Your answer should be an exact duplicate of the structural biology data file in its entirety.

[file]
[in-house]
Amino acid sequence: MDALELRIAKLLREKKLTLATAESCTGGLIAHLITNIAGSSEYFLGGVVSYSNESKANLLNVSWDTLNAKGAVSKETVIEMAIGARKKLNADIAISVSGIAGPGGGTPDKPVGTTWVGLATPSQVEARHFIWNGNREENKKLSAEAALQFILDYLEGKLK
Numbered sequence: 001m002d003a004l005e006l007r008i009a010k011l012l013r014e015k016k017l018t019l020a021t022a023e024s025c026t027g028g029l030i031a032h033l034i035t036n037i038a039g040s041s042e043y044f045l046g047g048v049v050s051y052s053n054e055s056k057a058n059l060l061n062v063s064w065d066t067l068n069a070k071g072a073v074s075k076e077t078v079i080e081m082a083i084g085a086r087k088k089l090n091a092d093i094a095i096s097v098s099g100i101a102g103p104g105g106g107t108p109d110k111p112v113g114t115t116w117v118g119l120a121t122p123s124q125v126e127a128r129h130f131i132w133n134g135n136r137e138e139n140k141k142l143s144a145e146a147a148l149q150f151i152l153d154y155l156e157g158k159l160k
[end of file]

[in-house]
Amino acid sequence: MDALELRIAKLLREKKLTLATAESCTGGLIAHLITNIAGSSEYFLGGVVSYSNESKANLLNVSWDTLNAKGAVSKETVIEMAIGARKKLNADIAISVSGIAGPGGGTPDKPVGTTWVGLATPSQVEARHFIWNGNREENKKLSAEAALQFILDYLEGKLK
Numbered sequence: 001m002d003a004l005e006l007r008i009a010k011l012l013r014e015k016k017l018t019l020a021t022a023e024s025c026t027g028g029l030i031a032h033l034i035t036n037i038a039g040s041s042e043y044f045l046g047g048v049v050s051y052s053n054e055s056k057a058n059l060l061n062v063s064w065d066t067l068n069a070k071g072a073v074s075k076e077t078v079i080e081m082a083i084g085a086r087k088k089l090n091a092d093i094a095i096s097v098s099g100i101a102g103p104g105g106g107t108p109d110k111p112v113g114t115t116w117v118g119l120a121t122p123s124q125v126e127a128r129h130f131i132w133n134g135n136r137e138e139n140k141k142l143s144a145e146a147a148l149q150f151i152l153d154y155l156e157g158k159l160k